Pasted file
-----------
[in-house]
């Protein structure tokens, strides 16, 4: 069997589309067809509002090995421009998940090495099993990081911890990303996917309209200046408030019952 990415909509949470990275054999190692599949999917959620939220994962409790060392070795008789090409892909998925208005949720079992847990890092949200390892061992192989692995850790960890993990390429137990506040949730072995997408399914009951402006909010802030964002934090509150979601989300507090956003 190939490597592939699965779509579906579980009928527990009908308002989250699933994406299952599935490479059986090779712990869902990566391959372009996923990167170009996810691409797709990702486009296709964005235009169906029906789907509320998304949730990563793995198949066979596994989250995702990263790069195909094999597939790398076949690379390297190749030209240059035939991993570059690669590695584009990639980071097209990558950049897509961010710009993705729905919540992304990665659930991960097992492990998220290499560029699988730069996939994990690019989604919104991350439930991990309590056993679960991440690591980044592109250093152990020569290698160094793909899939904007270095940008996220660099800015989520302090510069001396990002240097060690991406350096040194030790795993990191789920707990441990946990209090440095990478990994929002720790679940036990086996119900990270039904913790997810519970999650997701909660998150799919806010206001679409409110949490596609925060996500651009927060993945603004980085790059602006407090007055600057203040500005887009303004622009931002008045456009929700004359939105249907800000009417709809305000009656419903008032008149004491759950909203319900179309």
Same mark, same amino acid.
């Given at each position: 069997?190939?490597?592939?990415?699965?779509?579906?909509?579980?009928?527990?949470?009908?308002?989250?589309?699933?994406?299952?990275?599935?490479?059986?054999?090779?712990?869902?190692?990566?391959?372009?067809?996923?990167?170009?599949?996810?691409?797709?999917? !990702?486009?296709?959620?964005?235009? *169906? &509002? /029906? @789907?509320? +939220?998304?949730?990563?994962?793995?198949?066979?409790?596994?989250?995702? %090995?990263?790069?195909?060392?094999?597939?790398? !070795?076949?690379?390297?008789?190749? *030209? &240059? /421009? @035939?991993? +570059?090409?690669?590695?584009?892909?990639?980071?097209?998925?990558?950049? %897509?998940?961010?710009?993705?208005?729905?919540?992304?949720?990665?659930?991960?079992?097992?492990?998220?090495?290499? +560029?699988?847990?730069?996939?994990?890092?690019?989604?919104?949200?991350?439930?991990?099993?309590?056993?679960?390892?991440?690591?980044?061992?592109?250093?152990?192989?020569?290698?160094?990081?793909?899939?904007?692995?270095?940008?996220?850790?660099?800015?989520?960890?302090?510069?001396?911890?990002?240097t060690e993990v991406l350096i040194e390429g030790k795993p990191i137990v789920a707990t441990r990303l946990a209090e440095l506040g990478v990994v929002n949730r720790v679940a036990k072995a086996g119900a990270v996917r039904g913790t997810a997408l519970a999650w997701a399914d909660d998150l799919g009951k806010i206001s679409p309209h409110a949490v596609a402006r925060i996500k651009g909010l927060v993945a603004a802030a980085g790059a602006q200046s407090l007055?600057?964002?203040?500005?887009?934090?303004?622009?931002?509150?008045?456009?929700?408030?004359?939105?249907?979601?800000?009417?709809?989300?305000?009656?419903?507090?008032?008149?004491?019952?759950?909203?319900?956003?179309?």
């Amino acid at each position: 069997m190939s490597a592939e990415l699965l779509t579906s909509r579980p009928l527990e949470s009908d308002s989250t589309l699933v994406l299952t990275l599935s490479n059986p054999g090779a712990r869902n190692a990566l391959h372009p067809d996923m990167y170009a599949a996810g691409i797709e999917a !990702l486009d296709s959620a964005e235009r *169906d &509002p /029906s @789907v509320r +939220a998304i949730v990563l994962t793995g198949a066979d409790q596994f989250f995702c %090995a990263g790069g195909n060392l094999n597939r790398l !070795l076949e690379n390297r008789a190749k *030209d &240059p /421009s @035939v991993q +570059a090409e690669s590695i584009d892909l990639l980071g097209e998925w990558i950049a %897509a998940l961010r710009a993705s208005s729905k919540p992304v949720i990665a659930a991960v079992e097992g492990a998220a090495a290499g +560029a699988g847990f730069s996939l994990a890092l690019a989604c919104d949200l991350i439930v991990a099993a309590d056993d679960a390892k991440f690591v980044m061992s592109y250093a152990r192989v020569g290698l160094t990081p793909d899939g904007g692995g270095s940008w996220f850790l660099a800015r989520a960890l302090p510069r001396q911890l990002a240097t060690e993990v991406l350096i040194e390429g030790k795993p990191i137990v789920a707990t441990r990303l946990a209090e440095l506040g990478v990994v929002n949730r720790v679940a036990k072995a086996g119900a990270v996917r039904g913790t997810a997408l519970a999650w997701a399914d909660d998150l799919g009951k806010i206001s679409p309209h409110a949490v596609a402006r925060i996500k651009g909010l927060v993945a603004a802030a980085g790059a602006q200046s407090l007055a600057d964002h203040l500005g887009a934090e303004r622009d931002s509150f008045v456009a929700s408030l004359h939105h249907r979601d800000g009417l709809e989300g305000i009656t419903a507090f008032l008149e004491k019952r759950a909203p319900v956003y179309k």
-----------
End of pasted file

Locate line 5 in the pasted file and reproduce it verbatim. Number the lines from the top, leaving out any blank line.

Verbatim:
């Amino acid at each position: 069997m190939s490597a592939e990415l699965l779509t579906s909509r579980p009928l527990e949470s009908d308002s989250t589309l699933v994406l299952t990275l599935s490479n059986p054999g090779a712990r869902n190692a990566l391959h372009p067809d996923m990167y170009a599949a996810g691409i797709e999917a !990702l486009d296709s959620a964005e235009r *169906d &509002p /029906s @789907v509320r +939220a998304i949730v990563l994962t793995g198949a066979d409790q596994f989250f995702c %090995a990263g790069g195909n060392l094999n597939r790398l !070795l076949e690379n390297r008789a190749k *030209d &240059p /421009s @035939v991993q +570059a090409e690669s590695i584009d892909l990639l980071g097209e998925w990558i950049a %897509a998940l961010r710009a993705s208005s729905k919540p992304v949720i990665a659930a991960v079992e097992g492990a998220a090495a290499g +560029a699988g847990f730069s996939l994990a890092l690019a989604c919104d949200l991350i439930v991990a099993a309590d056993d679960a390892k991440f690591v980044m061992s592109y250093a152990r192989v020569g290698l160094t990081p793909d899939g904007g692995g270095s940008w996220f850790l660099a800015r989520a960890l302090p510069r001396q911890l990002a240097t060690e993990v991406l350096i040194e390429g030790k795993p990191i137990v789920a707990t441990r990303l946990a209090e440095l506040g990478v990994v929002n949730r720790v679940a036990k072995a086996g119900a990270v996917r039904g913790t997810a997408l519970a999650w997701a399914d909660d998150l799919g009951k806010i206001s679409p309209h409110a949490v596609a402006r925060i996500k651009g909010l927060v993945a603004a802030a980085g790059a602006q200046s407090l007055a600057d964002h203040l500005g887009a934090e303004r622009d931002s509150f008045v456009a929700s408030l004359h939105h249907r979601d800000g009417l709809e989300g305000i009656t419903a507090f008032l008149e004491k019952r759950a909203p319900v956003y179309k």